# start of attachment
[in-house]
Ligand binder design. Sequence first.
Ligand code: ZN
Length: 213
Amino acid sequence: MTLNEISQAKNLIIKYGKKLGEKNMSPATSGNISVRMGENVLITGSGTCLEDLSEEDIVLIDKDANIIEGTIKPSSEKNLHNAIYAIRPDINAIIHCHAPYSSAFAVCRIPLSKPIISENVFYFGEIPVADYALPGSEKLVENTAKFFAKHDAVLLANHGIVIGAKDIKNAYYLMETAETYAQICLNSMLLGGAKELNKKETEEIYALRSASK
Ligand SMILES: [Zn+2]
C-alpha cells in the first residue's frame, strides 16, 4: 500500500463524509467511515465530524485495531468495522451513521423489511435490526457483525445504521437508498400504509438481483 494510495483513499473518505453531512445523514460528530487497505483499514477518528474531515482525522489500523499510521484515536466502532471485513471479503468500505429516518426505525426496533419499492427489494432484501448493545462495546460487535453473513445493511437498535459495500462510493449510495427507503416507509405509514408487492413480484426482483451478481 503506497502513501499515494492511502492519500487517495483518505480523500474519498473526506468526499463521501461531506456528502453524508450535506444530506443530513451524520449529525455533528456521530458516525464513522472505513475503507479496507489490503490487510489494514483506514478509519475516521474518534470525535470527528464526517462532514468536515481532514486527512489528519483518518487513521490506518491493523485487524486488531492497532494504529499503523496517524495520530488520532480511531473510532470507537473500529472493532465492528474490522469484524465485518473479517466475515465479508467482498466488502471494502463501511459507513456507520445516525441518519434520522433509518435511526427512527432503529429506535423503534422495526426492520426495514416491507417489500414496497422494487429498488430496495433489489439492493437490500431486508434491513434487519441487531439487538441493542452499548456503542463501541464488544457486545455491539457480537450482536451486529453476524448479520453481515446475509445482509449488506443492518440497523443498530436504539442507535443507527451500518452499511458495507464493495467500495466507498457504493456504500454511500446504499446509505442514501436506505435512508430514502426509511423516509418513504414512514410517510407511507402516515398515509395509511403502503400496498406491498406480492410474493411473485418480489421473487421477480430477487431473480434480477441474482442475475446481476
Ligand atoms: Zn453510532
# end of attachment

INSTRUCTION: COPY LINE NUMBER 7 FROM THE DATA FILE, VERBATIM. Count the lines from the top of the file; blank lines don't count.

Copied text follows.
C-alpha cells in the first residue's frame, strides 16, 4: 500500500463524509467511515465530524485495531468495522451513521423489511435490526457483525445504521437508498400504509438481483 494510495483513499473518505453531512445523514460528530487497505483499514477518528474531515482525522489500523499510521484515536466502532471485513471479503468500505429516518426505525426496533419499492427489494432484501448493545462495546460487535453473513445493511437498535459495500462510493449510495427507503416507509405509514408487492413480484426482483451478481 503506497502513501499515494492511502492519500487517495483518505480523500474519498473526506468526499463521501461531506456528502453524508450535506444530506443530513451524520449529525455533528456521530458516525464513522472505513475503507479496507489490503490487510489494514483506514478509519475516521474518534470525535470527528464526517462532514468536515481532514486527512489528519483518518487513521490506518491493523485487524486488531492497532494504529499503523496517524495520530488520532480511531473510532470507537473500529472493532465492528474490522469484524465485518473479517466475515465479508467482498466488502471494502463501511459507513456507520445516525441518519434520522433509518435511526427512527432503529429506535423503534422495526426492520426495514416491507417489500414496497422494487429498488430496495433489489439492493437490500431486508434491513434487519441487531439487538441493542452499548456503542463501541464488544457486545455491539457480537450482536451486529453476524448479520453481515446475509445482509449488506443492518440497523443498530436504539442507535443507527451500518452499511458495507464493495467500495466507498457504493456504500454511500446504499446509505442514501436506505435512508430514502426509511423516509418513504414512514410517510407511507402516515398515509395509511403502503400496498406491498406480492410474493411473485418480489421473487421477480430477487431473480434480477441474482442475475446481476